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mesothelioma claims and (b) does not change the fact that the sample is random. The declaration of Dr. Gallardo-Garcia, which supports this finding, is uncontroverted. 5. The subpoena contains all the applicable protections from In re Owens Corning, 560 B.R. 229 (Bankr. D. Del. 2016) (the “Access Decision”) and, therefore, complies with the Access Decision. 6. DCPF, the DCPF Trusts and the Matching Claimants who objected to the subpoenas issued pursuant to the March 24, 2021 Trust Discovery Order received notice of the Motion and had an opportunity to object and be heard with respect to the Motion. DCPF and the Manville Trust objected to the Motion and argued in opposition to the Motion at the hearing. None of DCPF, the Manville Trust or any other party offered evidence in opposition to the Motion. 7. The subpoenas are substantially narrower than the subpoenas this Court initially authorized. 8. The subpoenas provide a reasonable time to comply. 9. The subpoenas do not impose an undue burden. 10. The subpoenas do not require disclosure of privileged or other protected matter. 11. The subpoenas do not require production of trade secrets or other confidential research, development, or commercial information. 12. The information requested is relevant and necessary for the Debtor to prepare its case for the estimation trial.

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EXHIBIT B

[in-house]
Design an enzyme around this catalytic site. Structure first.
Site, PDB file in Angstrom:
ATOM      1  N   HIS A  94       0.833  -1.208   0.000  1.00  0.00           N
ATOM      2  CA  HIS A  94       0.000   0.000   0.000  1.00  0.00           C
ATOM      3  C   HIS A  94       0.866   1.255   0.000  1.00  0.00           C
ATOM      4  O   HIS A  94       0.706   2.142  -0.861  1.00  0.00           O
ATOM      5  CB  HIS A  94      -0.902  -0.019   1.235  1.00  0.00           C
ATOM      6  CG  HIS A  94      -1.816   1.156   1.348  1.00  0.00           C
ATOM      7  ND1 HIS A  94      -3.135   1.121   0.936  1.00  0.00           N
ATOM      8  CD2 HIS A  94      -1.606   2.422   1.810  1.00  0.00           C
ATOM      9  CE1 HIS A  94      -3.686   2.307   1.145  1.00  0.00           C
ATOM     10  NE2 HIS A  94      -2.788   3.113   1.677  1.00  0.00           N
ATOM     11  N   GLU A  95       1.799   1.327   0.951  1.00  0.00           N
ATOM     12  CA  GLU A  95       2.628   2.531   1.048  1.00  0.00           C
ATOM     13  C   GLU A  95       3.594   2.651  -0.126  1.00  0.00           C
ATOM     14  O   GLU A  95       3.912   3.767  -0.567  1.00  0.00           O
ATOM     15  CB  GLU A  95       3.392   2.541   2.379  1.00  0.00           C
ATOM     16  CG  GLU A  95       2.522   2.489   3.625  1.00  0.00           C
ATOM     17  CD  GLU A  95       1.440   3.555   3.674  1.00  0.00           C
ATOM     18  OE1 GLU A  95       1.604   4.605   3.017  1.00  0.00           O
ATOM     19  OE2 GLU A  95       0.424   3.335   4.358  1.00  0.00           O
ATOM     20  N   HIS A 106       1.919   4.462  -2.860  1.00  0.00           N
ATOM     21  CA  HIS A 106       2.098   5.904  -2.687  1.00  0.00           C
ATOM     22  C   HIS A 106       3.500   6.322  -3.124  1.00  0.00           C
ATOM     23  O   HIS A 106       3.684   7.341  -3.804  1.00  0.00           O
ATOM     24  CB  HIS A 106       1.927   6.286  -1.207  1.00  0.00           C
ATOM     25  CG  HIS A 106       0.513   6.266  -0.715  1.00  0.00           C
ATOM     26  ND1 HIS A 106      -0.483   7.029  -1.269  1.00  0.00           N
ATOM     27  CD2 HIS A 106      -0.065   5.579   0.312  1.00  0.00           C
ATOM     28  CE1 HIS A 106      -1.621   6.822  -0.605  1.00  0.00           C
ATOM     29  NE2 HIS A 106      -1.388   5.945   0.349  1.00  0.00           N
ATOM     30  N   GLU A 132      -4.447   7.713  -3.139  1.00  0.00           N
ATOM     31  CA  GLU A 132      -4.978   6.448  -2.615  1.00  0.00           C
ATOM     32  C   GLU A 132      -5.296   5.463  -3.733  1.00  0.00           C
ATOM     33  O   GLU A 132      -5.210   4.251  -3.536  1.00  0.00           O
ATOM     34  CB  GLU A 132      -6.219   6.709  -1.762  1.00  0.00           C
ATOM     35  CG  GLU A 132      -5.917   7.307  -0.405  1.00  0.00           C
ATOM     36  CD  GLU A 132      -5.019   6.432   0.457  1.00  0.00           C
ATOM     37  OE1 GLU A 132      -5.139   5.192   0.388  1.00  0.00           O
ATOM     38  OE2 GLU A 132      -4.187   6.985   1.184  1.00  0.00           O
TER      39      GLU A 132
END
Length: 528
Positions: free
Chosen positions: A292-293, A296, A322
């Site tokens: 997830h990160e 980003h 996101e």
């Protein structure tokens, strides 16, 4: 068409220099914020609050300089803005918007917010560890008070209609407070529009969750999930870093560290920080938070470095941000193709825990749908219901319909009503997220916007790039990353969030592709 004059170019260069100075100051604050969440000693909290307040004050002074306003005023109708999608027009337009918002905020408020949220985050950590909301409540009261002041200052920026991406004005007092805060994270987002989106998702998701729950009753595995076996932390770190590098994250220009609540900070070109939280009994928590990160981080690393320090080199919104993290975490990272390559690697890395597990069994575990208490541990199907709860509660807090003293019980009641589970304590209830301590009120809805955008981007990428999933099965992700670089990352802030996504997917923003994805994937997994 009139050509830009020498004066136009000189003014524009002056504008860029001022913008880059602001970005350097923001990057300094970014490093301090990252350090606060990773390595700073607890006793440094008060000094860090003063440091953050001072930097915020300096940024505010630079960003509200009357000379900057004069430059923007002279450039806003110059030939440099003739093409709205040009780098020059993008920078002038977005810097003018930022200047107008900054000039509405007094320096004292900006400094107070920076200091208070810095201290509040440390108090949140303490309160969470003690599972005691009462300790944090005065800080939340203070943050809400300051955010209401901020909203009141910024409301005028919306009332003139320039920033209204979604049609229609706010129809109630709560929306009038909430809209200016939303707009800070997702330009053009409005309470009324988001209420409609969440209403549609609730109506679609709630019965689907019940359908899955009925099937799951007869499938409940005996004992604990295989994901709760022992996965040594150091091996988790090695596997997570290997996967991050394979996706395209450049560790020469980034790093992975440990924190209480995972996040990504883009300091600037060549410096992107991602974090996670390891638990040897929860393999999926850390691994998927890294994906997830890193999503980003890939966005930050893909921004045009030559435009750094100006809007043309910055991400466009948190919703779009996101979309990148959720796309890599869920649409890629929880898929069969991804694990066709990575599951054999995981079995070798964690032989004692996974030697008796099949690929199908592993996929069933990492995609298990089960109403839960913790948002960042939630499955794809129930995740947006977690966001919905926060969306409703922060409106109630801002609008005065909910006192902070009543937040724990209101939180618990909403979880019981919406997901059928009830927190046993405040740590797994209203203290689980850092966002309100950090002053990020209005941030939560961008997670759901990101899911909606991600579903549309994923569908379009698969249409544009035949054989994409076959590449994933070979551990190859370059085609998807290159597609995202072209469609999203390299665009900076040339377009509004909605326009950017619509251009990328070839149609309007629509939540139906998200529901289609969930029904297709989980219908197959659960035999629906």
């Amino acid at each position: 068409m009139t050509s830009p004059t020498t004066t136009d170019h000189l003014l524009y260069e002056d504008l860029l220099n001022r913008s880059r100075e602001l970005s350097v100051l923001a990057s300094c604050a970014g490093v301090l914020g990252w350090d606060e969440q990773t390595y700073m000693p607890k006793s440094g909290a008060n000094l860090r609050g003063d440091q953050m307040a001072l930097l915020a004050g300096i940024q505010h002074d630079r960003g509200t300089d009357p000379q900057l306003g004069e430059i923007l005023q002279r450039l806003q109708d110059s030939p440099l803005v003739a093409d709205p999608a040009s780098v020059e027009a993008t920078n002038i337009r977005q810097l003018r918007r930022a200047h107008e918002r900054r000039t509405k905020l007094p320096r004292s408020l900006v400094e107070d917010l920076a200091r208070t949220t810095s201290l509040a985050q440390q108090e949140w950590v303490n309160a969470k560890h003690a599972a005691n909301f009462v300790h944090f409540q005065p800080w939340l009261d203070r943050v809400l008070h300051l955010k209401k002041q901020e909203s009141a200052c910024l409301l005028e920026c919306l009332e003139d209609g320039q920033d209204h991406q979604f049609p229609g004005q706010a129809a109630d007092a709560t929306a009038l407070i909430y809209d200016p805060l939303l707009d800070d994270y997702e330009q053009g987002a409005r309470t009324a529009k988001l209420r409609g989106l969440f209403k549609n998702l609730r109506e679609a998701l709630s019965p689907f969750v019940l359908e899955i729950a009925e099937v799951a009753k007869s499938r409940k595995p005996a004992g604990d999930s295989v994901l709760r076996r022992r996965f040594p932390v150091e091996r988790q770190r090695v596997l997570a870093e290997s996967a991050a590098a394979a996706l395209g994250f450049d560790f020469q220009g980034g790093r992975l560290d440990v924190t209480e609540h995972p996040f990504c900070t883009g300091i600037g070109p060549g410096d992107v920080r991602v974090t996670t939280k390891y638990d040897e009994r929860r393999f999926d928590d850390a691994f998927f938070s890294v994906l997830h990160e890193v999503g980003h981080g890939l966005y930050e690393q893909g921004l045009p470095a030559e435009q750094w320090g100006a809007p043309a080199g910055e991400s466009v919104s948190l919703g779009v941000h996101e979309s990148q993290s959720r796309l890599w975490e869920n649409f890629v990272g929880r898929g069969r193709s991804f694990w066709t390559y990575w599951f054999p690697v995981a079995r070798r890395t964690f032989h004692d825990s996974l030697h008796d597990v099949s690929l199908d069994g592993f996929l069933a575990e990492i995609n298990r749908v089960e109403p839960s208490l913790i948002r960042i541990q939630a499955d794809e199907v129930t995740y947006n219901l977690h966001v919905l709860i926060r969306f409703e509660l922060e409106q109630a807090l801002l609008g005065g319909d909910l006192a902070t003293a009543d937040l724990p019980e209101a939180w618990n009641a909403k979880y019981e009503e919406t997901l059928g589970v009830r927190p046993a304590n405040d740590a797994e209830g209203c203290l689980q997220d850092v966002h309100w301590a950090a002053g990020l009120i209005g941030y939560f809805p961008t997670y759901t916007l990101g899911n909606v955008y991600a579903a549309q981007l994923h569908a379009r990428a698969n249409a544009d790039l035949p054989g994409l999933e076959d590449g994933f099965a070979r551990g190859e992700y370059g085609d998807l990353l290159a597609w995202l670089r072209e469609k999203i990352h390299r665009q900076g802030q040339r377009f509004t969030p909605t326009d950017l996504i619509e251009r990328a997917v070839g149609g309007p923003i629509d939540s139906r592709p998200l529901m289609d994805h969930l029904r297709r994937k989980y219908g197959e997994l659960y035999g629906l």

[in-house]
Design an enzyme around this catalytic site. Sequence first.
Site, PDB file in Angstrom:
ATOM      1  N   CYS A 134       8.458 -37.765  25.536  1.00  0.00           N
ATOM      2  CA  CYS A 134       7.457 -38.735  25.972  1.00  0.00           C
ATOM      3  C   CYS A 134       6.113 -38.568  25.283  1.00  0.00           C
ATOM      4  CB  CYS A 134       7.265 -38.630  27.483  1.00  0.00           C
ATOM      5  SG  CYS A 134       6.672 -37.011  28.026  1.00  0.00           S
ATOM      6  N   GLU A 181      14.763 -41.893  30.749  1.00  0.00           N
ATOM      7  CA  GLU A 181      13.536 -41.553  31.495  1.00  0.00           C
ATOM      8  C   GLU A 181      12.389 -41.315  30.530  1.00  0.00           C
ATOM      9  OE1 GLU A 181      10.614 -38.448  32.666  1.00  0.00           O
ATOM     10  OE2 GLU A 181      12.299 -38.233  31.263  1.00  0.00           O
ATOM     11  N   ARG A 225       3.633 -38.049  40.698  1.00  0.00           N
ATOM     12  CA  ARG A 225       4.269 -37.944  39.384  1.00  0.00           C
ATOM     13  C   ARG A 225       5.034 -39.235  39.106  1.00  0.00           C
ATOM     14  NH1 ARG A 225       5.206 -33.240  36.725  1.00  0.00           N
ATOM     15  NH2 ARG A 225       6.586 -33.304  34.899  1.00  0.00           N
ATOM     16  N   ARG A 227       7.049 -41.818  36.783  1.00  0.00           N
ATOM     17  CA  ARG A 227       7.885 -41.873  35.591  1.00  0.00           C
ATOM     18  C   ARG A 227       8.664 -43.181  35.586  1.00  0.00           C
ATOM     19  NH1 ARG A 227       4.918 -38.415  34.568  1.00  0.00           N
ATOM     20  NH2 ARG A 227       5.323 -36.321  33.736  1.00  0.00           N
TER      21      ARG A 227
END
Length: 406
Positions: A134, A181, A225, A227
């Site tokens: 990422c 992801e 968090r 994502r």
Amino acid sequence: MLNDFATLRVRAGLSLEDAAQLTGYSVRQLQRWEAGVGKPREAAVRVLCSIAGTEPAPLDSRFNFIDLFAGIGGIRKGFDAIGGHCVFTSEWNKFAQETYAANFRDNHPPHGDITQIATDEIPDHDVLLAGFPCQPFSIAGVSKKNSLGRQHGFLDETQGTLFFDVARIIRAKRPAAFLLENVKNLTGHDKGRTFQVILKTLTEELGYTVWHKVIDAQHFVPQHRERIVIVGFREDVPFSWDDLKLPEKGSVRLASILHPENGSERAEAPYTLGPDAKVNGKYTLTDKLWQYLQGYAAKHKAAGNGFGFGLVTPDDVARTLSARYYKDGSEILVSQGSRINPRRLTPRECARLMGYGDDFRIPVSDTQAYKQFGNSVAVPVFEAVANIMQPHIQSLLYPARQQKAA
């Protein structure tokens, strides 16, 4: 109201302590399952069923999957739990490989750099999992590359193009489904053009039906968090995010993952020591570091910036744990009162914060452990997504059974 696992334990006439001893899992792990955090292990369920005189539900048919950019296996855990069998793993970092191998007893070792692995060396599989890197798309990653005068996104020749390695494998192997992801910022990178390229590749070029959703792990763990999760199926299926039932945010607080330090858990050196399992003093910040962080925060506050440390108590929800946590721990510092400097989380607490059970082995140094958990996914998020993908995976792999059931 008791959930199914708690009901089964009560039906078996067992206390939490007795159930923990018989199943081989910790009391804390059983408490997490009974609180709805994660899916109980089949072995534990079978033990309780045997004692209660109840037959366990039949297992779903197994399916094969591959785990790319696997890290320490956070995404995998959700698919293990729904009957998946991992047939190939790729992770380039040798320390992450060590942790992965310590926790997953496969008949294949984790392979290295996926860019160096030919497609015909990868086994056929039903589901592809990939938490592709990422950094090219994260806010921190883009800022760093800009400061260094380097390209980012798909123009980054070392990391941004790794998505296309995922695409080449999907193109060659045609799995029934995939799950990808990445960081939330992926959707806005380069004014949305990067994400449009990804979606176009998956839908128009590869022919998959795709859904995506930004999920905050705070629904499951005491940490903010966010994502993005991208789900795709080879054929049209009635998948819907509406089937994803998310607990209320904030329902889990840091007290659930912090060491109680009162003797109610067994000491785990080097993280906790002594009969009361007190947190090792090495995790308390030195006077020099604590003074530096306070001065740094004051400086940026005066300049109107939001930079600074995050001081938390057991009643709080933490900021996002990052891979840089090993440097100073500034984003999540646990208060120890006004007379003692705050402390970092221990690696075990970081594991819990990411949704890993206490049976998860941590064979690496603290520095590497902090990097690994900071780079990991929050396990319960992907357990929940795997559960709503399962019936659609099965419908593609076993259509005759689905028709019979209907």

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rom: Edwards, Erin <eedwards@ycst.com> ent: Tuesday, August 17, 2021 4:32 PM o: Cassada, Garland; Zieg, Sharon c: 'Gordon, Gregory M.'; Ellman, Jeffrey B.; Jones, James M. (jmjones@JonesDay.com); Natalie D. Ramsey (nramsey@rc.com); Wright, David; Glenn C. Thompson (gthompson@lawhssm.com); Felton E. Parrish (felton.parrish@alexanderricks.com); Harron, Edwin; 'Rubinstein, Jason C.'; Haggerty, Timothy; Worf, Richard C. Jr; Crandall, Kevin; Riggins, Satyra L. ubject: RE: Bestwall: Debtor’s Motion to Authorize Issuance of New Subpoenas - CANCELLATION of DEPOSITION OF DR. GALLARDO-GARCIA arland, pon further consideration, the matters addressed by Dr. Gallardo-Garcia’s declaration are not properly before the ourt. As a result, the Claimants’ Representatives will not proceed with his deposition tomorrow but reserve all right depose him on these matters and any other issues. est regards, rin ErinD. Edwards, Partner Young Conaway Stargatt & Taylor, LLP Rodney Square, 1000 North King Street Wilmington, DE 19801 P: 302.571.6552 | F: 302.576.3471 eedwards@ycst.com | www.youngconaway.com | vCard his message may contain confidential attorney-client communications or other protected information. If you believe you are ot an intended recipient (even if this message was sent to your e-mail address), you may not use, copy, or retransmit it. If you elieve you received this message by mistake, please notify us by return e-mail, and then delete this message. Thank you for our cooperation. rom: Cassada, Garland <GCassada@robinsonbradshaw.com> ent: Wednesday, August 11, 2021 7:09 PM o: Zieg, Sharon <SZIEG@ycst.com> c: 'Gordon, Gregory M.' <gmgordon@JonesDay.com>; Ellman, Jeffrey B. <jbellman@JonesDay.com>; Jones, James . (jmjones@JonesDay.com) <jmjones@JonesDay.com>; Natalie D. Ramsey (nramsey@rc.com) <nramsey@rc.comright, David <DWright@robinsonbradshaw.com>; Glenn C. Thompson (gthompson@lawhssm.com) gthompson@lawhssm.com>; Edwards, Erin <eedwards@ycst.com>; Felton E. Parrish elton.parrish@alexanderricks.com) <felton.parrish@alexanderricks.com>; Harron, Edwin <eharron@ycst.com>; ubinstein, Jason C.' <jrubinstein@fklaw.com>; Haggerty, Timothy <thaggerty@fklaw.com>; Worf, Richard C. Jr RWorf@robinsonbradshaw.com>; Crandall, Kevin <KCrandall@robinsonbradshaw.com>; Riggins, Satyra L. SRiggins@robinsonbradshaw.com> ubject: RE: Bestwall: Debtor’s Motion to Authorize Issuance of New Subpoenasharon – I assume your request relates to the declaration in support of the motion. Dr. Gallardo-Garcia is available on Tuesday, ugust 17 or Wednesday, August 18. Let’s plan to speak tomorrow about specific arrangements. Thank you, Garland ––––––––––––––––––––––––––––– arland S. Cassada obinson Bradshaw : 704.377.8317 | f : 704.373.3917 01 N. Tryon St., Suite 1900 harlotte, NC 28246 cassada@robinsonbradshaw.com | Bio obinsonbradshaw.com